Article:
This conservative element of the fanbase also dismayed of the series jump to 3D graphics over the beautiful sprite work of the first two games which lent the game a distinctive visual style. By choosing a slightly super deformed style over more realistic modelling, the game managed to maintain some semblance of a unique aesthetic while still maintaining clarity.
The majority of fandom complaints however stemmed from the battle system, which featured six characters sorted into three groups of two. You would choose the commands for one character in each group, with the second character entering into a sort of AI-informed support role on each turn, based on the commands selected. As far as RPG battle systems go, it’s fairly unobtrusive and easy to get to grips with even if it’s question what, exactly, it’s supposed to bring to the game but as far as a vocal segment of fans were concerned this was the equivalent of Dirge of Cereberus: Final Fantasy VII.
Suikoden III’s plot continued the themes of the original games, namely that of a local conflict where there are multiple points of view. The Trinity Sight System, however, allowed this to be explored with more than mere platitudes for the first time in the series. The ability to take on three different perspectives in the narrative, with the bonus of three other minor narratives for added detail, allowed Suikoden to process a more complicated and nuanced plot in a segmental manner, allowing layers to fall gradually and gaps to be filled in when dictated by the story and not the linear narrative of the first two games.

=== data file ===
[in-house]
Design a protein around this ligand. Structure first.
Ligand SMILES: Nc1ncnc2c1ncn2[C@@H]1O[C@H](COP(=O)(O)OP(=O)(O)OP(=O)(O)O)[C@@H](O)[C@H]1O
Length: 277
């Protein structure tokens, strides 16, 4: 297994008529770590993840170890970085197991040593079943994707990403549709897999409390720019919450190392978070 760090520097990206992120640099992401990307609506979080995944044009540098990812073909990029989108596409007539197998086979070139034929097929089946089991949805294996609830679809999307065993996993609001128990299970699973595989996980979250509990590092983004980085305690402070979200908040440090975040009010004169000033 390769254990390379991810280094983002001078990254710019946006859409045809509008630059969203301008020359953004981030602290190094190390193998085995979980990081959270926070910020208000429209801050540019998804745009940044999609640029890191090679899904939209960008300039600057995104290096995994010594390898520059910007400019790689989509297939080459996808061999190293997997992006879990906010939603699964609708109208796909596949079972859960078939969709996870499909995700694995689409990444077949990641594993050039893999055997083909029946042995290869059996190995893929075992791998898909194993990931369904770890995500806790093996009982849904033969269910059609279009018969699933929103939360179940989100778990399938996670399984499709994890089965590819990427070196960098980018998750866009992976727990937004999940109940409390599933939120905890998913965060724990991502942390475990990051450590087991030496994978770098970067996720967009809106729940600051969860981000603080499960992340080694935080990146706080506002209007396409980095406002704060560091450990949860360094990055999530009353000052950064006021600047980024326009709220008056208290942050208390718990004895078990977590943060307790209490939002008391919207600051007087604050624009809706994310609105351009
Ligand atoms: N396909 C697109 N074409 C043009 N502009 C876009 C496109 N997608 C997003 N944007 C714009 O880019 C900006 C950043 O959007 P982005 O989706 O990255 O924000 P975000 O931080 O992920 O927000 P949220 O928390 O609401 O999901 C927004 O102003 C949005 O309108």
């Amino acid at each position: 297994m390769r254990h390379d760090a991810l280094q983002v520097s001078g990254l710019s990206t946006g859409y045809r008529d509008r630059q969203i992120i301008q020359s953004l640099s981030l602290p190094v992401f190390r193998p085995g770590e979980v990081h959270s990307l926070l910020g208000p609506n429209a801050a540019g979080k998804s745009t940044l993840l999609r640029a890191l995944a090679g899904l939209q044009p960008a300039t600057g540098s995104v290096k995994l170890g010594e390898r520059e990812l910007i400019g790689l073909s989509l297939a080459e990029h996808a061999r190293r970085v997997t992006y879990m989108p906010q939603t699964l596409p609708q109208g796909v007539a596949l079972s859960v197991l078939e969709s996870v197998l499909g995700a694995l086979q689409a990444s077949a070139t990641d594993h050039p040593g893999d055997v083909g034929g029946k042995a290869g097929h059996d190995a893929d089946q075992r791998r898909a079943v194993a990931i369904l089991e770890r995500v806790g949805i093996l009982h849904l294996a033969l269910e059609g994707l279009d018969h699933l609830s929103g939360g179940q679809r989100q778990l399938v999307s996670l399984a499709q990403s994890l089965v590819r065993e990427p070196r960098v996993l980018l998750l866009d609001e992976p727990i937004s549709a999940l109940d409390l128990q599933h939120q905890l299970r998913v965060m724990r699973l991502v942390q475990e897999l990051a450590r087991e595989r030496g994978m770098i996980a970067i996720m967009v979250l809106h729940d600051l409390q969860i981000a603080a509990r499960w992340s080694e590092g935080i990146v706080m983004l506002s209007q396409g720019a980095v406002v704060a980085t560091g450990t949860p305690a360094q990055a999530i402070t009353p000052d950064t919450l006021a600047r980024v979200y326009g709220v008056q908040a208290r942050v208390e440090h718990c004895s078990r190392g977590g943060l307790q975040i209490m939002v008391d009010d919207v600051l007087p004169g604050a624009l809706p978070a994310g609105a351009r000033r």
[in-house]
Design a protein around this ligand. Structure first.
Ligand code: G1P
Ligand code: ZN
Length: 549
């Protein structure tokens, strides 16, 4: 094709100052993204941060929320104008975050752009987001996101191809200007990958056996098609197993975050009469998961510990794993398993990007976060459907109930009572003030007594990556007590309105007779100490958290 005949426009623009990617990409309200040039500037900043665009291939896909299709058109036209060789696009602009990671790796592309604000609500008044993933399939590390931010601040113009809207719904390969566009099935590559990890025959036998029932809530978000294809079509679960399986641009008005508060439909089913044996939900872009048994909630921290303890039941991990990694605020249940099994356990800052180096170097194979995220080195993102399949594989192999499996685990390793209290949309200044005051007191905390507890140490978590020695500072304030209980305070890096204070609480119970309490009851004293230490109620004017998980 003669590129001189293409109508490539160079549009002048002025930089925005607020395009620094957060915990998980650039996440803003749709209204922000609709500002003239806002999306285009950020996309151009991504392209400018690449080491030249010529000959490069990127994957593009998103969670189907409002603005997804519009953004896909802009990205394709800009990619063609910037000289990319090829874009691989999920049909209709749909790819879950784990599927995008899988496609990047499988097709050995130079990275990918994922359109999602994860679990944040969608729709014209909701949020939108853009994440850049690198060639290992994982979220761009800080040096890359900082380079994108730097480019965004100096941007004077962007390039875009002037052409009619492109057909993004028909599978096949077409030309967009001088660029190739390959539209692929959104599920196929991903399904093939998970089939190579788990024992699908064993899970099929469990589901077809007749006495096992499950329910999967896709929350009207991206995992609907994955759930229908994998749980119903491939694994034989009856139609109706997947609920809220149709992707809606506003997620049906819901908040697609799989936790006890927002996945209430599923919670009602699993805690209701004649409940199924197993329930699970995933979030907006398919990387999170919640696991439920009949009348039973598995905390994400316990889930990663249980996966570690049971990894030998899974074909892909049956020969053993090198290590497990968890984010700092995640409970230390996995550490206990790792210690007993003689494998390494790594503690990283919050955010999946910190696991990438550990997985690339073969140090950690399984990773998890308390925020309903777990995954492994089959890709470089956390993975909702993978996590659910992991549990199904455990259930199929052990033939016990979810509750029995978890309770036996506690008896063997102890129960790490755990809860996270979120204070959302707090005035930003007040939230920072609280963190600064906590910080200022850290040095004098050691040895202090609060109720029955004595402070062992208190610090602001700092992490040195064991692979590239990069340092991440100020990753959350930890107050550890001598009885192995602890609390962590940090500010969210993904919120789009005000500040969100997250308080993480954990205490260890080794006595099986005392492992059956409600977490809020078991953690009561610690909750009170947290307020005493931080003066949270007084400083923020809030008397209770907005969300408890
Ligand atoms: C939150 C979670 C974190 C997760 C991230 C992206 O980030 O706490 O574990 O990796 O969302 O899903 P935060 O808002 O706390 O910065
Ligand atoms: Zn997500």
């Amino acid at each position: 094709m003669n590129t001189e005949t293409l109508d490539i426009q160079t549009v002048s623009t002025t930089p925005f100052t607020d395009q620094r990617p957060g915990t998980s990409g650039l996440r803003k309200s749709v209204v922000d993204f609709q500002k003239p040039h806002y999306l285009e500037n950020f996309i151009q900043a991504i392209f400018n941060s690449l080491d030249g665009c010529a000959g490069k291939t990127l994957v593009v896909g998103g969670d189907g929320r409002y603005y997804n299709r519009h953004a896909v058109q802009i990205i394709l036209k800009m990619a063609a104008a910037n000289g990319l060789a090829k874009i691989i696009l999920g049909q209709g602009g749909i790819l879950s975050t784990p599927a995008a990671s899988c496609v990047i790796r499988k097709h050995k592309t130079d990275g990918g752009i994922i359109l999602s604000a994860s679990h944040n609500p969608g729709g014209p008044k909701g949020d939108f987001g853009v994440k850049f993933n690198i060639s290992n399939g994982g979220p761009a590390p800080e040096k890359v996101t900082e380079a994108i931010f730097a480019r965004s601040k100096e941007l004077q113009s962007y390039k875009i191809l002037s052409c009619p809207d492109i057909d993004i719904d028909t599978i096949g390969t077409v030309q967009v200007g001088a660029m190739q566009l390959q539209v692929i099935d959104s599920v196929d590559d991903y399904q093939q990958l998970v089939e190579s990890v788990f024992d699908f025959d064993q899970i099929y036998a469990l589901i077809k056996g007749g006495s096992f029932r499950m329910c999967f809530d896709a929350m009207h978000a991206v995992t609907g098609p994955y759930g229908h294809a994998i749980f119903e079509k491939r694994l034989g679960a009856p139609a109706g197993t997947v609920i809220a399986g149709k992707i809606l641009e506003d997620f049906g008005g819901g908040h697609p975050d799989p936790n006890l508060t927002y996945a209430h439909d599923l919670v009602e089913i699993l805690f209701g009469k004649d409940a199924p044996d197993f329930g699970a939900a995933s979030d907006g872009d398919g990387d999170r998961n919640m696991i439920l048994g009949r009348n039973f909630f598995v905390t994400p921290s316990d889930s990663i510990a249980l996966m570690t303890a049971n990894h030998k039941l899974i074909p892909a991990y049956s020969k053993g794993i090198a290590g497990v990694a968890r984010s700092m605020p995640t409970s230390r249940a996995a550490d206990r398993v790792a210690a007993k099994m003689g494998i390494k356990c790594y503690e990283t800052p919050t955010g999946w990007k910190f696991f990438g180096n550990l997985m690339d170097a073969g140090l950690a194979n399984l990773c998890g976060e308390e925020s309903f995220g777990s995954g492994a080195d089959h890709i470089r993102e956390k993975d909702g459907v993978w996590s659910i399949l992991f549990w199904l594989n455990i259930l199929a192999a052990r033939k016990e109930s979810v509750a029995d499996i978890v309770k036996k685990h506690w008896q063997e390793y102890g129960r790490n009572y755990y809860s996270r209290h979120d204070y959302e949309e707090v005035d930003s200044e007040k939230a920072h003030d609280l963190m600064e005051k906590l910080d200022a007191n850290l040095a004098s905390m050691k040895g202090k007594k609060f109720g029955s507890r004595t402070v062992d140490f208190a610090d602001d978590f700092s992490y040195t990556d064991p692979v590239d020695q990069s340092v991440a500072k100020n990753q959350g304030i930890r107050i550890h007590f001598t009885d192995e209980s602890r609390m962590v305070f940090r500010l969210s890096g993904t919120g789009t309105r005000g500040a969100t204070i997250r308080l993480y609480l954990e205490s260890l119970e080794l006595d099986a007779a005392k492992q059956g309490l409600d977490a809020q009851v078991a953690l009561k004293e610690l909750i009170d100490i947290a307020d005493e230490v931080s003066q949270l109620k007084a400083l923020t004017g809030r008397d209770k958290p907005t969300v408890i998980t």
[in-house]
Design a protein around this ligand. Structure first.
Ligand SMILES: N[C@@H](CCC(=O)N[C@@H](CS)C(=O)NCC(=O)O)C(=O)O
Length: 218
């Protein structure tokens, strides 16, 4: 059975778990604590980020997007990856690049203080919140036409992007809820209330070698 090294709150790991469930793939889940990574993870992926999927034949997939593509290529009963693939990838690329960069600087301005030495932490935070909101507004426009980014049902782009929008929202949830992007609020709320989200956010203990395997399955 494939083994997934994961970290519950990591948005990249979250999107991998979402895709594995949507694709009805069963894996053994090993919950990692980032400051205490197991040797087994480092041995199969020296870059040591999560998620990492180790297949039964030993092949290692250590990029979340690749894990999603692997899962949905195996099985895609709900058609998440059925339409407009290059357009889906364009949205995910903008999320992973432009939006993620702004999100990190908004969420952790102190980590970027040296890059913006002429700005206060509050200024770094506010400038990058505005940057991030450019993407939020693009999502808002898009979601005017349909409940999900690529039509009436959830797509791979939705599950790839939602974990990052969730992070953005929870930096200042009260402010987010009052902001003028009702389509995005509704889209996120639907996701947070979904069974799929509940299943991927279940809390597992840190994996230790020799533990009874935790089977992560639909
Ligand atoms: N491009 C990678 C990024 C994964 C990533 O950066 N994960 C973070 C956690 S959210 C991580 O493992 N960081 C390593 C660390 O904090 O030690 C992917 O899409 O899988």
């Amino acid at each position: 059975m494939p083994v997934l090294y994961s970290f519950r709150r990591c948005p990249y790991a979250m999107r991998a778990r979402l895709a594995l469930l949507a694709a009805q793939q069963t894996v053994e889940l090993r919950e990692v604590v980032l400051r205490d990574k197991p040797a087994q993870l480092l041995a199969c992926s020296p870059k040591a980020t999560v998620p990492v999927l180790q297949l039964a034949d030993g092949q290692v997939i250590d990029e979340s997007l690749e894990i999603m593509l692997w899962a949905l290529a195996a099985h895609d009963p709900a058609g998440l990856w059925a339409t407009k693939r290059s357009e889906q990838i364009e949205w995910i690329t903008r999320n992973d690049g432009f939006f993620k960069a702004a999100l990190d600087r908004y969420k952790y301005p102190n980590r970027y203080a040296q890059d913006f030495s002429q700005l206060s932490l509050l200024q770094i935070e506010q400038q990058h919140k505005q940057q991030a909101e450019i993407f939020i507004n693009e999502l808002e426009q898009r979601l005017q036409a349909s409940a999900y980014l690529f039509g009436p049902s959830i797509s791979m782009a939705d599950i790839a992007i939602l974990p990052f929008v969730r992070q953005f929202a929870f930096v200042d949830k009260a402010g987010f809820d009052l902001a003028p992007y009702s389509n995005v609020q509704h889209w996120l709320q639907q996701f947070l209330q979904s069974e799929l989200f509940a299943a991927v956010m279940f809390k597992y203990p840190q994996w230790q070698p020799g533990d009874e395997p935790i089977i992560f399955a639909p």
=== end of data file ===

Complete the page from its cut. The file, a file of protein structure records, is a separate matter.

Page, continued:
Not that Suikoden III’s story should be considered high art. It embraces the noble savage stereotype so hard you expect Kevin Costner to play the lead role and many story and plot elements are either of their time (if you’re being generous) or near farcical (if you’re not). But what it does, it does well, providing a broad stroke look at issues of colonialism, cultural development and the disconnect between war and those who would run them. Combining that with the most developed cast of characters in any of the games and the added layer of the predestination concepts mentioned earlier results in a plot that secures depth through the sheer physical mass of its storyline if nothing else.
In the end, Suikoden III was a game of incremental changes in gameplay, which angered a reactionary fanbase and plot nuances which met with wide approval. As a talisman for the series, it was largely a failure. It certainly failed to galvanise the series and fanbase in the same manner as Suikoden II.
Looking back, many fans view it as a sort of last hurrah for the series, even as it stumbles on like a zombie with 2011’s Genso Suikoden Tsumugareshi Hyakunen no Toki not exactly setting the world on fire. At the time, many thought it might mark the beginning of the end. Perhaps, uniquely in this case, they’re both right. Although it is amusing to think that a title which deals so much with stagnation preceded what some see as the biggest run of intellectual stagnation in an RPG series to date.